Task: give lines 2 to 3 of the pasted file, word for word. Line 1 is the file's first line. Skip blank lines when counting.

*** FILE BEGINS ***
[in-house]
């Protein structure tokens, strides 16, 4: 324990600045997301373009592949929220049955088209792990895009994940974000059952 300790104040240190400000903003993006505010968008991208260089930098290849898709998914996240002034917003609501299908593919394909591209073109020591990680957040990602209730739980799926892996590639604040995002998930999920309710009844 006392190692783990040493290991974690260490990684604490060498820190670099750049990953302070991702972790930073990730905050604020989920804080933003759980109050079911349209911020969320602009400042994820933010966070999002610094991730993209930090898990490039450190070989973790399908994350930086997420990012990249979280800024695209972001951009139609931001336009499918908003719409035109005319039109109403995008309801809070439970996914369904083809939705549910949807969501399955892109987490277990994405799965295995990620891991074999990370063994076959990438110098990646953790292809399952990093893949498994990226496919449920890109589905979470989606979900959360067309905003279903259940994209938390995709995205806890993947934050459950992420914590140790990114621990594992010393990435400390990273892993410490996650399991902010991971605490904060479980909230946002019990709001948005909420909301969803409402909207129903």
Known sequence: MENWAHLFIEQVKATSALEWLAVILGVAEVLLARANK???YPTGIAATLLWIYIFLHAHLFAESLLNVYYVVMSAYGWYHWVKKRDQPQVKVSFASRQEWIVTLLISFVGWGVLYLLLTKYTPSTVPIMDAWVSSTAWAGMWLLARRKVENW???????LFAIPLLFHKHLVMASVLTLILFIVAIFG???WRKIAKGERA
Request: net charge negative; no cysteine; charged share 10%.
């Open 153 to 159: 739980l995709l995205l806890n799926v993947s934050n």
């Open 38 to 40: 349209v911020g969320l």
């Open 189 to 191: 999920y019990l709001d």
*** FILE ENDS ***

């Protein structure tokens, strides 16, 4: 324990600045997301373009592949929220049955088209792990895009994940974000059952 300790104040240190400000903003993006505010968008991208260089930098290849898709998914996240002034917003609501299908593919394909591209073109020591990680957040990602209730739980799926892996590639604040995002998930999920309710009844 006392190692783990040493290991974690260490990684604490060498820190670099750049990953302070991702972790930073990730905050604020989920804080933003759980109050079911349209911020969320602009400042994820933010966070999002610094991730993209930090898990490039450190070989973790399908994350930086997420990012990249979280800024695209972001951009139609931001336009499918908003719409035109005319039109109403995008309801809070439970996914369904083809939705549910949807969501399955892109987490277990994405799965295995990620891991074999990370063994076959990438110098990646953790292809399952990093893949498994990226496919449920890109589905979470989606979900959360067309905003279903259940994209938390995709995205806890993947934050459950992420914590140790990114621990594992010393990435400390990273892993410490996650399991902010991971605490904060479980909230946002019990709001948005909420909301969803409402909207129903």
Known sequence: MENWAHLFIEQVKATSALEWLAVILGVAEVLLARANK???YPTGIAATLLWIYIFLHAHLFAESLLNVYYVVMSAYGWYHWVKKRDQPQVKVSFASRQEWIVTLLISFVGWGVLYLLLTKYTPSTVPIMDAWVSSTAWAGMWLLARRKVENW???????LFAIPLLFHKHLVMASVLTLILFIVAIFG???WRKIAKGERA